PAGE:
says...

OK, so I have one of these to repair, which is missing the "tail" antenna on
the transmitter.

http://www.samsontech.com/samson/pro...e/airline-ag1/



Now I know very little about RF, antennae etc.
I can't get a replacement antenna for this, so how feasible would it be to
make one?

I assume this will be a fine coil of wire covered in rubber, e.g. a tiny
rubber ducky?

Or could you just attach a long wire and roll/pack it up and attach the blob
to the guitar/guitarist?




It would help to know the frequency range this operates on. Looks to be
about 6 inches of wire. If it is operating close to 450 MHz, then about
6 inches of wire is all that is needed. Measure the antenna on the
receiver and use a piece of wire that long.

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Default Small transmitter antenna

It can be, this is a topic that of late is near and dear to my career.

Antennas are a science to themselves. Any piece of wire can be an antenna, but if you want efficiency and range, things get a *lot* more complicated quickly.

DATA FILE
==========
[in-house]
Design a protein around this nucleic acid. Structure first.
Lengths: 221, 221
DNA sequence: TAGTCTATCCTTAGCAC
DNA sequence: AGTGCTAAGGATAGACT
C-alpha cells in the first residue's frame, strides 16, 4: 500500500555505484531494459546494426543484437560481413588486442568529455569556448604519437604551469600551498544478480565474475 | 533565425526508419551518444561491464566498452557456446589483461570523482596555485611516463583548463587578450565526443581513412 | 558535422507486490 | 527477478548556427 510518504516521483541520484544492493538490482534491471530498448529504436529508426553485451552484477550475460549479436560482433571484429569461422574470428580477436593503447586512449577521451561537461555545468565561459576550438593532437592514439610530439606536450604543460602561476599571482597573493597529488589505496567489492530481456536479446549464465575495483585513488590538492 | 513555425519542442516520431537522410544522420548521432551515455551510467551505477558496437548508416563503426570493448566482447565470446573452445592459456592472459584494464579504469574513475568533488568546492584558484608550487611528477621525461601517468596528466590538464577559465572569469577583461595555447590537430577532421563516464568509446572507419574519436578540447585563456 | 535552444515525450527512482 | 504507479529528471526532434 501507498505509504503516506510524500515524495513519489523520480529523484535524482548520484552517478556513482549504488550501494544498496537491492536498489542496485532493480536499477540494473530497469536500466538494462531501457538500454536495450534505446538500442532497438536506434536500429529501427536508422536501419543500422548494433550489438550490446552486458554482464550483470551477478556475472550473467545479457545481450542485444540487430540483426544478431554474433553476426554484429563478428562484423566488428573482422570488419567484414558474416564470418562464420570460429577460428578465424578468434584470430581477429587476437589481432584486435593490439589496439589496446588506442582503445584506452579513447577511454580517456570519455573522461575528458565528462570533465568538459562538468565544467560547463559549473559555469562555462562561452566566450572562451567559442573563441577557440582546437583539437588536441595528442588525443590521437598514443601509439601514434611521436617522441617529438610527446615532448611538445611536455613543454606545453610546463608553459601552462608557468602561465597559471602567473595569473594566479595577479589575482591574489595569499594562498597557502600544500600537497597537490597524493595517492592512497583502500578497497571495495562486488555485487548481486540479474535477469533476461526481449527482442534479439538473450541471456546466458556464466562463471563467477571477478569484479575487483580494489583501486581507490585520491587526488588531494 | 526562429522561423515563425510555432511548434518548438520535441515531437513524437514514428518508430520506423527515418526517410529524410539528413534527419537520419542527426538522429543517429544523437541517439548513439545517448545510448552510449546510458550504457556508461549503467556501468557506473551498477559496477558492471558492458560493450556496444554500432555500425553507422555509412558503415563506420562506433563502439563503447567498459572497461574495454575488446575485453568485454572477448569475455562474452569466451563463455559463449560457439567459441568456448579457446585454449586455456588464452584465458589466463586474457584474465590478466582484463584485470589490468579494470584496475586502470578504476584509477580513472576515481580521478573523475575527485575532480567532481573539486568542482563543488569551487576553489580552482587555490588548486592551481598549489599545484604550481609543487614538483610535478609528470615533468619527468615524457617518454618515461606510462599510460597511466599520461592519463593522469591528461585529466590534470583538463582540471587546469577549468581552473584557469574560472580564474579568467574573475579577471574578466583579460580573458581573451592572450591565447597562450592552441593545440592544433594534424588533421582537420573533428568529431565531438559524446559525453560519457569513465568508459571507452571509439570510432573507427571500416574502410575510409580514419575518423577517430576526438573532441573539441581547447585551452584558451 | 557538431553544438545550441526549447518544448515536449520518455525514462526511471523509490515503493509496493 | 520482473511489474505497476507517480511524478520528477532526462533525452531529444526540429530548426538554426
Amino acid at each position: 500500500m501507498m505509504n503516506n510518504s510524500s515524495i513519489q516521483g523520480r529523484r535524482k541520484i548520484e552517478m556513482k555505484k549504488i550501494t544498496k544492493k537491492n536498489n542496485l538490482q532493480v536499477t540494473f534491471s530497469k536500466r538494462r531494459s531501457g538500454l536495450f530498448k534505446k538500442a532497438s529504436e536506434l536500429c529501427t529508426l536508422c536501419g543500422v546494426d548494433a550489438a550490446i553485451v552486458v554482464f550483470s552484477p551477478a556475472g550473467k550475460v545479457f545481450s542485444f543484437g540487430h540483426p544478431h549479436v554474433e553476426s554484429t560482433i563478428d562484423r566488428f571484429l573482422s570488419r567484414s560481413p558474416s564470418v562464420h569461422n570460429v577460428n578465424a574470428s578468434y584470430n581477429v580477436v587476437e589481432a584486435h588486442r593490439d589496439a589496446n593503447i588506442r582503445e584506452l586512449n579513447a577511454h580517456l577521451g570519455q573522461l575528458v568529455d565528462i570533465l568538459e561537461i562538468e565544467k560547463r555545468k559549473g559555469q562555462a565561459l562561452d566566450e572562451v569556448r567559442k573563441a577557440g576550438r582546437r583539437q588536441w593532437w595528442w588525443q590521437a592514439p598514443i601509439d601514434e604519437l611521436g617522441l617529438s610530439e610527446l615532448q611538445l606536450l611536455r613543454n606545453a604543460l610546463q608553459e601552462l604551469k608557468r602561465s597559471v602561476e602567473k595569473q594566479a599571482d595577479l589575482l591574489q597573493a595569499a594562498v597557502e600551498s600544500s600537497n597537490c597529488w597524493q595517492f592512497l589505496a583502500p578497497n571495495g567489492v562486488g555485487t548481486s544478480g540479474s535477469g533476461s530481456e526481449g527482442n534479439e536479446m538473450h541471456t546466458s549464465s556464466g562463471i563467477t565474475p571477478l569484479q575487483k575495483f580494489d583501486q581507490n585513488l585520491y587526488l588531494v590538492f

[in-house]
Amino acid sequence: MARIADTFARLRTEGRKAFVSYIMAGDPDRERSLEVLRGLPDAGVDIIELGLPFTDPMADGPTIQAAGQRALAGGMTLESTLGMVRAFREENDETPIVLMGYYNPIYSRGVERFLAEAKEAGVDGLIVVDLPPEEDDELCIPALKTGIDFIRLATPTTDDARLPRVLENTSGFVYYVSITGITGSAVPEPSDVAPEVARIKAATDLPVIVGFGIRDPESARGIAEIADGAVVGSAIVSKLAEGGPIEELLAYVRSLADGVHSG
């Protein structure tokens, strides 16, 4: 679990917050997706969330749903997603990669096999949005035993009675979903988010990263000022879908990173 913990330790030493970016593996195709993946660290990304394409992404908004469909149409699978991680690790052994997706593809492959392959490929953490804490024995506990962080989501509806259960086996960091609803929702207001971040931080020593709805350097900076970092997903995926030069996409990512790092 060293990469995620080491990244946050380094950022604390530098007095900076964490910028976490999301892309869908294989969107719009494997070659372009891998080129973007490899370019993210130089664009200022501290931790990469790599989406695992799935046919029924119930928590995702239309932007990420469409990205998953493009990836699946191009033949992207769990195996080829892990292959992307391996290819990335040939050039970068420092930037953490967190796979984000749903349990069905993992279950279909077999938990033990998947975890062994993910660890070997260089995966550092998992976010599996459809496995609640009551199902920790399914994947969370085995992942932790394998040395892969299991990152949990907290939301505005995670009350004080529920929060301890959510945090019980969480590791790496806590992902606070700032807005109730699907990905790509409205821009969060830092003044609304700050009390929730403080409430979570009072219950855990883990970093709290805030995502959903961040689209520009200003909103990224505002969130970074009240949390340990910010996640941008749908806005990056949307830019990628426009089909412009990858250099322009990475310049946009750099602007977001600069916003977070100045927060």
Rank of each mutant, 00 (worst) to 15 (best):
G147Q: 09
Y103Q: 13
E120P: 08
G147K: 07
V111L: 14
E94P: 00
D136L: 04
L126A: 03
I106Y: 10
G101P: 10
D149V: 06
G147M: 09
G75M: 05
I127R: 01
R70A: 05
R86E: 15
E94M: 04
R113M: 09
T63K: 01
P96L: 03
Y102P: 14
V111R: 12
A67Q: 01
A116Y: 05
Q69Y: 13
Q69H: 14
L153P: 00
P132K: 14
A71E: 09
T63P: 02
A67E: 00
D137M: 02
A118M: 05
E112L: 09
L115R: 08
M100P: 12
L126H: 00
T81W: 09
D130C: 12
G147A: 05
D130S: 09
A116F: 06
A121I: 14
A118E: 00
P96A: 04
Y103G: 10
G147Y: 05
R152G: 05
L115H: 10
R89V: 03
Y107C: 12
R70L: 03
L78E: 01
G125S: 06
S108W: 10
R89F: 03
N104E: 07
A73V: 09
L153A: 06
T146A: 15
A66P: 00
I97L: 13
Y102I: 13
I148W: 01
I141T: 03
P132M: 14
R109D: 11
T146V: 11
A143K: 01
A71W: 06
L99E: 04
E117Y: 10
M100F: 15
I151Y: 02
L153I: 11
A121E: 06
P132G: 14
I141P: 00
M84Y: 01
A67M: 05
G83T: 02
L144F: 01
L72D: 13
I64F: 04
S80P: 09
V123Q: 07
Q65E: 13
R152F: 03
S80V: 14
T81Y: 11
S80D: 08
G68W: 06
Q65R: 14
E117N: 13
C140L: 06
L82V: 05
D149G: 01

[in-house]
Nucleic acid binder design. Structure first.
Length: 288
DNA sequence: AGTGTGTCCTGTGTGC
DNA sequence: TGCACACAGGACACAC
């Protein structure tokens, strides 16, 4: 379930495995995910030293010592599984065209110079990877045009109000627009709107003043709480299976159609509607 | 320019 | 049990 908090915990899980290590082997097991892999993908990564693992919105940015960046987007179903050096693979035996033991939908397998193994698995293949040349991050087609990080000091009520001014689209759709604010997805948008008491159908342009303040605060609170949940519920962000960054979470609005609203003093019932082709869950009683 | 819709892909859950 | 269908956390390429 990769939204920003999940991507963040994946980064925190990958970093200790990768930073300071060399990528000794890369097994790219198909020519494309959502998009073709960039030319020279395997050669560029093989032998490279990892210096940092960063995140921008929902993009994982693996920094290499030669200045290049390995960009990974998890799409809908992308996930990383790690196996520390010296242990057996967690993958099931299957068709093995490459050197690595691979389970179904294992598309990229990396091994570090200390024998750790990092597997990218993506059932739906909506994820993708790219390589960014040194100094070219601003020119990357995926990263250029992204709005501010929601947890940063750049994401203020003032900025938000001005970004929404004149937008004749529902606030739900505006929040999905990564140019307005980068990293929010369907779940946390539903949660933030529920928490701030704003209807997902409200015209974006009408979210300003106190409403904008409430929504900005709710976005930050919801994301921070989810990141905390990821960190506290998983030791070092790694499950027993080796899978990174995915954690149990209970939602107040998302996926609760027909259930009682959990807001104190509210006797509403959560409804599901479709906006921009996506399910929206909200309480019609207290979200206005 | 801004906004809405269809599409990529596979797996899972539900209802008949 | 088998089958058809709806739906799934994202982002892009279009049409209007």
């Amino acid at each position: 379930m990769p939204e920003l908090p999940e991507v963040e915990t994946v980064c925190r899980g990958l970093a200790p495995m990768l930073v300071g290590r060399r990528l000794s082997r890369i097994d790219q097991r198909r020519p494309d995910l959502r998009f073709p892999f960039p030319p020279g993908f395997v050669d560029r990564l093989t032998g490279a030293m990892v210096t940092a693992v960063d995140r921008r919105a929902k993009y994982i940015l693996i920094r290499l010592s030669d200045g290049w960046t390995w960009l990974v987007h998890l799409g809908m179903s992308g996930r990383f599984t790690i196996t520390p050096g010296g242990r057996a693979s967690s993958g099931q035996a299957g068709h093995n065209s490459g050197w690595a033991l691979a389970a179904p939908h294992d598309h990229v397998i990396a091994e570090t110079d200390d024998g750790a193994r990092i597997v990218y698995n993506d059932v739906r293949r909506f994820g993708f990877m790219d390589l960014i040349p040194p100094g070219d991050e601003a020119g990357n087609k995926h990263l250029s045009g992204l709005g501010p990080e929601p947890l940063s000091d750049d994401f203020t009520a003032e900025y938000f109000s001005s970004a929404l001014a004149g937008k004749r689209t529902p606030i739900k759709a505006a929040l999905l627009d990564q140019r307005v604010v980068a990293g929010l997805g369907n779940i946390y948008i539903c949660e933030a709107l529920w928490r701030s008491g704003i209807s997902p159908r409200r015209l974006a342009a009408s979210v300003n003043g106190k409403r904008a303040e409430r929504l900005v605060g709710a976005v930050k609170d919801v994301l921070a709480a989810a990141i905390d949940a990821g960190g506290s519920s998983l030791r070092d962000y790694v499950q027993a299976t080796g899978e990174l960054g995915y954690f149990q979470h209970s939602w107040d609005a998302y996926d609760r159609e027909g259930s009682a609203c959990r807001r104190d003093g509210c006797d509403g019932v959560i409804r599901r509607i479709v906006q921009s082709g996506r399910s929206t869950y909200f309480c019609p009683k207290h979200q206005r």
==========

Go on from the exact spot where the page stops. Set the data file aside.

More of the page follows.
It's far too broad a topic to cover here, and there is plenty written about it on the web (not all of which is correct). It's safe to say that for your application, a hunk of wire is sufficient.

Terry


Thanks, Ralph, you have made my day.

I thought it was much more complicated than a piece of wire.


Gareth.


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Default Small transmitter antenna

But a yagi would be fun.


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Default Small transmitter antenna

In article ,
says...

But a yagi would be fun.


Good exercise, you could say...

Mike.
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Default Small transmitter antenna

Gareth Magennis wrote:

----------------------